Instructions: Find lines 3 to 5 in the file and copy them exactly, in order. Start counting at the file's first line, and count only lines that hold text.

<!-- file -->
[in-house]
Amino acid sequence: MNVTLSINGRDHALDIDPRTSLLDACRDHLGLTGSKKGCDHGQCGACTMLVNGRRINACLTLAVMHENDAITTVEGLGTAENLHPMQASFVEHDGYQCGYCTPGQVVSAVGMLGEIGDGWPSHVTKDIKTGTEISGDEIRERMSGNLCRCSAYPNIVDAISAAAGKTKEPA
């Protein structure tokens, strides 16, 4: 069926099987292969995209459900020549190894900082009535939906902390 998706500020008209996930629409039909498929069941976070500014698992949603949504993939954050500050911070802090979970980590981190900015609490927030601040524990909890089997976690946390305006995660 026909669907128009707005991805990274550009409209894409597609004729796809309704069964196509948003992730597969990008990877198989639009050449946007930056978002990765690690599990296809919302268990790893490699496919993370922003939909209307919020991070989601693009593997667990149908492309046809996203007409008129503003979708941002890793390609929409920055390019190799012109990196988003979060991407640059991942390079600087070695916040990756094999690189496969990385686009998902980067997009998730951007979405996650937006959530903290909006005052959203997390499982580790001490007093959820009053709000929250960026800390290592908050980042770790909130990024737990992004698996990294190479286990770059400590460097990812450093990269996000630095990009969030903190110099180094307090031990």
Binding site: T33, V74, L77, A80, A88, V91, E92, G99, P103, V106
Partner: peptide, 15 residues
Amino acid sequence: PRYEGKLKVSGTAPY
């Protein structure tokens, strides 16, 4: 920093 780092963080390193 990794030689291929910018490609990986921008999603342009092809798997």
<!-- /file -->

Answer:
């Protein structure tokens, strides 16, 4: 069926099987292969995209459900020549190894900082009535939906902390 998706500020008209996930629409039909498929069941976070500014698992949603949504993939954050500050911070802090979970980590981190900015609490927030601040524990909890089997976690946390305006995660 026909669907128009707005991805990274550009409209894409597609004729796809309704069964196509948003992730597969990008990877198989639009050449946007930056978002990765690690599990296809919302268990790893490699496919993370922003939909209307919020991070989601693009593997667990149908492309046809996203007409008129503003979708941002890793390609929409920055390019190799012109990196988003979060991407640059991942390079600087070695916040990756094999690189496969990385686009998902980067997009998730951007979405996650937006959530903290909006005052959203997390499982580790001490007093959820009053709000929250960026800390290592908050980042770790909130990024737990992004698996990294190479286990770059400590460097990812450093990269996000630095990009969030903190110099180094307090031990």
Binding site: T33, V74, L77, A80, A88, V91, E92, G99, P103, V106
Partner: peptide, 15 residues